I’ve attempted a couple of flash fiction challenges lately to try and keep myself writing but I’m beginning to wonder if I should care more about creating. Finding the right words is one battle, but creating a story and creating something worth writing about, well, the battle begins here.
I’m forced to command this battle between my imagination and my writing all the while fighting Field Marshal Self-doubt who’s keen to destroy both.
Hmmm. I’m not sure this metaphor is working.
Anyhoo. At some point – usually quite quickly – my writing peters out. That flash of momentum, that writing spark is simply gone. Words I’ve already written seem clumsy and I can’t move on from my core idea, extend it and grow it. So I go back, I reread and then get trapped into editing what I’ve already written.
So I ask my writerly friends, these questions:
How do you keep a forward focus?
How do you encourage your ideas to grow?
How do you stop yourself from editing as you go?
I did manage to submit one story to Flash! Friday, helped by a very inspiring prompt and the achievable but precise count of 150 words . You can read the cut-down version here. The full version (which is not much longer) became this:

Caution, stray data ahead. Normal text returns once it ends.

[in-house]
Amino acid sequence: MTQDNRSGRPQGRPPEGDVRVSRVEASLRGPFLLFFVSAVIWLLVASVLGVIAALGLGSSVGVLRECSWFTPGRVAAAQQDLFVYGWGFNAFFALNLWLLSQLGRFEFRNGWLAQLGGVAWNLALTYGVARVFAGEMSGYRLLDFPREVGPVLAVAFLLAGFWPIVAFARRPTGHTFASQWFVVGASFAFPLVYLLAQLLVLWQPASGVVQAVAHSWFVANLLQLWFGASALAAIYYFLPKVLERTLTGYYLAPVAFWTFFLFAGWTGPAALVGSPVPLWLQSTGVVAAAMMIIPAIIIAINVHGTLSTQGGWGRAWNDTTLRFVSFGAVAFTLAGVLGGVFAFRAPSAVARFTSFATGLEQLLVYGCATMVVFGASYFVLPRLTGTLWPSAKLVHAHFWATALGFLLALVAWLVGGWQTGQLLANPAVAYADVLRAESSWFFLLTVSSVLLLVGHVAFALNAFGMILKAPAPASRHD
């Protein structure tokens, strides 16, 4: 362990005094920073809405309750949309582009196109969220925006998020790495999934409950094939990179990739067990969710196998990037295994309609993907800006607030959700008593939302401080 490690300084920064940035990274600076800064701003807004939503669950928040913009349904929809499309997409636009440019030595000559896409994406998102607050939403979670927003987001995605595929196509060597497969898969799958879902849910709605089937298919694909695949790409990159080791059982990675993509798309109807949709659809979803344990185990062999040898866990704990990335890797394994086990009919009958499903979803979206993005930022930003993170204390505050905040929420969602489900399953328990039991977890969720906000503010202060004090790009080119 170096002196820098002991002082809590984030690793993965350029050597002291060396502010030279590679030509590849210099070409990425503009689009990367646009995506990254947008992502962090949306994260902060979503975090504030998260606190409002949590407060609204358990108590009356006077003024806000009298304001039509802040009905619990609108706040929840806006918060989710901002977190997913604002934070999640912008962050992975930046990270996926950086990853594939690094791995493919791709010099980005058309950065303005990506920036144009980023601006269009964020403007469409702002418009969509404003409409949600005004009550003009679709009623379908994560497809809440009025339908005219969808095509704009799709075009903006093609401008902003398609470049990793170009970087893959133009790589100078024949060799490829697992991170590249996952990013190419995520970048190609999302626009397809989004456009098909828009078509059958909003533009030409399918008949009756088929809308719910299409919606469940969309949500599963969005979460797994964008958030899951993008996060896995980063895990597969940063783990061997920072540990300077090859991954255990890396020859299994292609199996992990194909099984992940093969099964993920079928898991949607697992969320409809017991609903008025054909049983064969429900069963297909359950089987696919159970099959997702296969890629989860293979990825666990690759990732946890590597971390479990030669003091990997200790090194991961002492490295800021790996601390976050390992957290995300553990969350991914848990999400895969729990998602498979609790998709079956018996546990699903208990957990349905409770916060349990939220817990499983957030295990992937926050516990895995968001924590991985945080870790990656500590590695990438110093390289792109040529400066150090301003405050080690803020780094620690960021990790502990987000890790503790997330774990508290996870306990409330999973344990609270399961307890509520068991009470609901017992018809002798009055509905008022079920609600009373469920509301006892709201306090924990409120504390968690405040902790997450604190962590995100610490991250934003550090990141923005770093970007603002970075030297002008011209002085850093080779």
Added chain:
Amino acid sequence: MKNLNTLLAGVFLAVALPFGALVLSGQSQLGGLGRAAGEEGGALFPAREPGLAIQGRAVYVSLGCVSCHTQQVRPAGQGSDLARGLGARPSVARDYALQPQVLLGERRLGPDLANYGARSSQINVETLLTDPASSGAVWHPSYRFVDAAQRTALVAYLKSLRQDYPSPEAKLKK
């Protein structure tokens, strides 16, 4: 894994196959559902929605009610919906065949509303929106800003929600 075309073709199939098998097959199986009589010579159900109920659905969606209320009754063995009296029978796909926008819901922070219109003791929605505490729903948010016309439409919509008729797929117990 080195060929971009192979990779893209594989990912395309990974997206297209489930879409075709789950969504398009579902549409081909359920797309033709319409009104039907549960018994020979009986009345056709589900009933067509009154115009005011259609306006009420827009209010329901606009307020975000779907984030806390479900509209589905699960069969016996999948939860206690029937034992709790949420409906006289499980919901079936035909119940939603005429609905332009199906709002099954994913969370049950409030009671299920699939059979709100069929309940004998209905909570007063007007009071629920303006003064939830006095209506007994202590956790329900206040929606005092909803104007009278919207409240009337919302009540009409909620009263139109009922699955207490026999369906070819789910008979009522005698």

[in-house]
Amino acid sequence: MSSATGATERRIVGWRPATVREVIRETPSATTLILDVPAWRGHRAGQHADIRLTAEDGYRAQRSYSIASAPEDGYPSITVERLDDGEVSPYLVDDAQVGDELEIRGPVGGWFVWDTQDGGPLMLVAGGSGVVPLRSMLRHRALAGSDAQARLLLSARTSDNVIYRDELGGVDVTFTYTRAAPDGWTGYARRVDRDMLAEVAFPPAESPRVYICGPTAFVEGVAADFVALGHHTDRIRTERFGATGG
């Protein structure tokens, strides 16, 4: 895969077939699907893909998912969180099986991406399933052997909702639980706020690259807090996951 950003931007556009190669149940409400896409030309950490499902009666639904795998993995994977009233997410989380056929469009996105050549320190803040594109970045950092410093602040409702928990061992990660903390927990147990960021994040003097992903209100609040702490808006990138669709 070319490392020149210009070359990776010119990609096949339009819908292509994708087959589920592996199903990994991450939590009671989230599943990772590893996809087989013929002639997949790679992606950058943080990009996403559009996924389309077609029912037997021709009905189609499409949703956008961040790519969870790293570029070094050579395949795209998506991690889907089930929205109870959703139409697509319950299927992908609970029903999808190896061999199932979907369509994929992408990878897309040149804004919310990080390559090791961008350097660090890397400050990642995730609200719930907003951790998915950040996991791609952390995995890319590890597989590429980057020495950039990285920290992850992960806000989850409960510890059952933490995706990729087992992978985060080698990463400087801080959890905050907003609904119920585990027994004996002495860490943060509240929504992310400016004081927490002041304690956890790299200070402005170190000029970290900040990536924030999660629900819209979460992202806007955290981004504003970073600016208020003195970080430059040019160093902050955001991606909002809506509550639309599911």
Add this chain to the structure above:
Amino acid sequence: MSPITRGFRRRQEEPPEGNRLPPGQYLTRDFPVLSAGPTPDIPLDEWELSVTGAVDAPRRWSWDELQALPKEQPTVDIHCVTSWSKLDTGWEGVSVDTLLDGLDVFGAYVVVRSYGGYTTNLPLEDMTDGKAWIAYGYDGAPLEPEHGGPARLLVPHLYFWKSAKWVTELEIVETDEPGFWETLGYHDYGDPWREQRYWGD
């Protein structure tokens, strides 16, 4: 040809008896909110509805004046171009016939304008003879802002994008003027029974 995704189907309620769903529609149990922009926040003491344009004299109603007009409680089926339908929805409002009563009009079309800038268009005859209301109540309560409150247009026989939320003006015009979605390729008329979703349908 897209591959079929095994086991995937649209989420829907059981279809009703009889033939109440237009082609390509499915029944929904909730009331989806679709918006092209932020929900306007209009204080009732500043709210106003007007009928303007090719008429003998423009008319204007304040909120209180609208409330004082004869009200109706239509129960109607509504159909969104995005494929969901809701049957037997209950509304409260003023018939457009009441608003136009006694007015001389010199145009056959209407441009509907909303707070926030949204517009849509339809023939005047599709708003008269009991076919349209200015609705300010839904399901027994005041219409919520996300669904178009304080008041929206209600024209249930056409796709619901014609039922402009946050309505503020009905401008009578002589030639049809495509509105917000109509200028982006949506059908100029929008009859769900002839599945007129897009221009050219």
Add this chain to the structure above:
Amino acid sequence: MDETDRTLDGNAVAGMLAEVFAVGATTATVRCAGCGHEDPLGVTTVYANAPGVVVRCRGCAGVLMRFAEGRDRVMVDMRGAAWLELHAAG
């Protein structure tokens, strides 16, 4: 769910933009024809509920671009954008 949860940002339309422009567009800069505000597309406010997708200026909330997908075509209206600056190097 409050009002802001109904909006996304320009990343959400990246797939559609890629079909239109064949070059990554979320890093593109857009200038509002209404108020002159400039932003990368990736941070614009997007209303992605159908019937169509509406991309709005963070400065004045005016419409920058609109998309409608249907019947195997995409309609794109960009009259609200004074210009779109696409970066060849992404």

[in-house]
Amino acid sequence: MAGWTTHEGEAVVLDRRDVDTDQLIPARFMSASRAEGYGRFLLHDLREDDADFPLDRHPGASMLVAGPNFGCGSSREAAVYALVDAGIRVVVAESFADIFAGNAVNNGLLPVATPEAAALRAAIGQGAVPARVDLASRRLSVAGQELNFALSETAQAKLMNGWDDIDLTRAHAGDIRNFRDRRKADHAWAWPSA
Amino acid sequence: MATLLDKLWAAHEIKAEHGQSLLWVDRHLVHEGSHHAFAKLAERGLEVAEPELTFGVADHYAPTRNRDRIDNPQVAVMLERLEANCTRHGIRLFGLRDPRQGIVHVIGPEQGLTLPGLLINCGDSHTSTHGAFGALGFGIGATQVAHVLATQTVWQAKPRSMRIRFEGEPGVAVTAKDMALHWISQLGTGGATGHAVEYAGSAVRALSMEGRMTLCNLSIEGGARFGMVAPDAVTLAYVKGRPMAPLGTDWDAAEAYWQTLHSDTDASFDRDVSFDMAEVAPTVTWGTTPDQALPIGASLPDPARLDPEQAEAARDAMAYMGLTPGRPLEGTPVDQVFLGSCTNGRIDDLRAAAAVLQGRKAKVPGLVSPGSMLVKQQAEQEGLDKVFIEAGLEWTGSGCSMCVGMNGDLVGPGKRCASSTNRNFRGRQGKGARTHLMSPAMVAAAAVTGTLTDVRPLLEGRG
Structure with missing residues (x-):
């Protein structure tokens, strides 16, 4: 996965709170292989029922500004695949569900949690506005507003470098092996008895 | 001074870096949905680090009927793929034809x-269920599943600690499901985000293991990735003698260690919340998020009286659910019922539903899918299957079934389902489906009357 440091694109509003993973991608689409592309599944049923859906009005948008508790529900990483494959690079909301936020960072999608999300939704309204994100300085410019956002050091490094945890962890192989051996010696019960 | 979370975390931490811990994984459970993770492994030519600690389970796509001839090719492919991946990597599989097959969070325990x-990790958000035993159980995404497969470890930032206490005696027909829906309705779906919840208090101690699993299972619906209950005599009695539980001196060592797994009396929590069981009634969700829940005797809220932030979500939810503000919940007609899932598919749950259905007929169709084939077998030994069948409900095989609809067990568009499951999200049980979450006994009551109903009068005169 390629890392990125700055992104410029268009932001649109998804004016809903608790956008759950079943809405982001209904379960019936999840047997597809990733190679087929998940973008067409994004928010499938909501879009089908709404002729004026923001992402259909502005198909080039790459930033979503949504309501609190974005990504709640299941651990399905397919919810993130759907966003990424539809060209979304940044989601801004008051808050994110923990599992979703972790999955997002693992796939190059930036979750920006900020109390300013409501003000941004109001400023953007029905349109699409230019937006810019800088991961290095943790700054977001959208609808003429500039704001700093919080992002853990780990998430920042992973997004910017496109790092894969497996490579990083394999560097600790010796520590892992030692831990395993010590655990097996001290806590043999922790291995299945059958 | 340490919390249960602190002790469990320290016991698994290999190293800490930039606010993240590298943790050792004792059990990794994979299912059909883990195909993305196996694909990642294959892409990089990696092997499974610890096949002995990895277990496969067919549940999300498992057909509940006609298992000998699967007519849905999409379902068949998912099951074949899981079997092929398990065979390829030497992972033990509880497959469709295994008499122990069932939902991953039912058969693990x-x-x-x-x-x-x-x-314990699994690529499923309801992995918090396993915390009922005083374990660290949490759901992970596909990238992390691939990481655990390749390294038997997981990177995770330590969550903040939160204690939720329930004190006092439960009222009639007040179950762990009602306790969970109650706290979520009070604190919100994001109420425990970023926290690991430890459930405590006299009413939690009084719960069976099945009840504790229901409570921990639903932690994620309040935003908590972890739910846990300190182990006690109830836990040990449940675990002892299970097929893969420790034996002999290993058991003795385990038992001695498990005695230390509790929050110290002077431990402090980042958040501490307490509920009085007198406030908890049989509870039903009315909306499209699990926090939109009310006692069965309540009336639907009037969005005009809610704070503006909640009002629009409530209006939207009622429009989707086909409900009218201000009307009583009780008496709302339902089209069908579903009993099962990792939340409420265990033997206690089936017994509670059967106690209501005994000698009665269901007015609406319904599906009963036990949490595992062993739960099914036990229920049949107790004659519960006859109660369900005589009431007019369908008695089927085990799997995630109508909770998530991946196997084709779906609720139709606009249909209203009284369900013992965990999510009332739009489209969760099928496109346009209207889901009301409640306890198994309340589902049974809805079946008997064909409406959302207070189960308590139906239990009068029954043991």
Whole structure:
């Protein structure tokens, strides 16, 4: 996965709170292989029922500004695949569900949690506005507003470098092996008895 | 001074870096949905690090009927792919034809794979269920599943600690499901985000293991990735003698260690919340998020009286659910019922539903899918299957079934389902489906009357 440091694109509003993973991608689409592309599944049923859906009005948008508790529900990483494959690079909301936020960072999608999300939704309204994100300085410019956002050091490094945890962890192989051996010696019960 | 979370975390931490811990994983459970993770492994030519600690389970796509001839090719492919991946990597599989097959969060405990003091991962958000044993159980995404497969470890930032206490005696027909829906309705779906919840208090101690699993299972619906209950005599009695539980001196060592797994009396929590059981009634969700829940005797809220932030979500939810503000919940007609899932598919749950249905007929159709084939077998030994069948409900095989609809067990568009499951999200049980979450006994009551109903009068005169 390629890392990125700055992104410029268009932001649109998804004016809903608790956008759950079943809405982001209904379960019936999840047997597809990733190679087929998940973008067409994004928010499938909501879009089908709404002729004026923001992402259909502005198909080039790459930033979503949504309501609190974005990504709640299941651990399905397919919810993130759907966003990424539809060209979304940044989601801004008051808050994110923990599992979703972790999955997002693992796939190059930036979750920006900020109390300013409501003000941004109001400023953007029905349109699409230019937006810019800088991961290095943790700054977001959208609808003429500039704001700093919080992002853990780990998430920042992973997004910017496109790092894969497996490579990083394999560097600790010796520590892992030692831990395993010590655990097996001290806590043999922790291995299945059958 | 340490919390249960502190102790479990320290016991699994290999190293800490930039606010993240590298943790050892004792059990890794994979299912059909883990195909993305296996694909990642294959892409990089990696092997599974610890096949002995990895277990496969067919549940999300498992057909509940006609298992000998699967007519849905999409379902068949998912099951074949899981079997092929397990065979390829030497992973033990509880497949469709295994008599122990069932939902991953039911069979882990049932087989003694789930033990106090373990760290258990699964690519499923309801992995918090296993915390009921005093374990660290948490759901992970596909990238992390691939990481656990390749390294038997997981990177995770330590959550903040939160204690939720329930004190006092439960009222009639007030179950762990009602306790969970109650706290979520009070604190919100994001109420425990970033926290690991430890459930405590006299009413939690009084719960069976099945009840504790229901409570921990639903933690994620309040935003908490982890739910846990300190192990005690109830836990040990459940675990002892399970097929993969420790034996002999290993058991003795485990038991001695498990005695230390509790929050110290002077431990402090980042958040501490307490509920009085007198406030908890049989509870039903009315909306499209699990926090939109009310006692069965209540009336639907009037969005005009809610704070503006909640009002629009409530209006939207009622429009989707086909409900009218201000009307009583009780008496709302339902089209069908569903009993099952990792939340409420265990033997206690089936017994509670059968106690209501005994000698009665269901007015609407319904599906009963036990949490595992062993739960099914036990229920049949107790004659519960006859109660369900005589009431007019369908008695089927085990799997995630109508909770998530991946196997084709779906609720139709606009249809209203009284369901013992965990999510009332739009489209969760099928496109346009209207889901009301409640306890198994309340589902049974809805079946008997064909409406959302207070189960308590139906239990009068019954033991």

She walked with her hand wrapped in her father’s fingers unable to see beyond the other waists and legs moving with them between the parapets. She pressed herself to his side, the sword sheathed on her father’s back nudging her as he strode – one pace to her three. No one spoke. A distant drum kept the march steady, to belie the panic they carried with them like a silent scream.
She counted. In four drumbeats and they passed under the stone arch back into the mountain’s wall. Muttered whispers echoed down the tunnel as the last of the survivors jostled towards the promising light.
The sun did not belong here. She could smell urine and something else that replaced her hunger with nausea. Trees lay crudely hacked for their timber. People gathered around makeshift tents. Some carried water, some tended those on stretchers. Some slept in rows, others wept at their side.
The drum fell quiet.
‘Sanctuary’ they called it. Her father called it ‘home now’.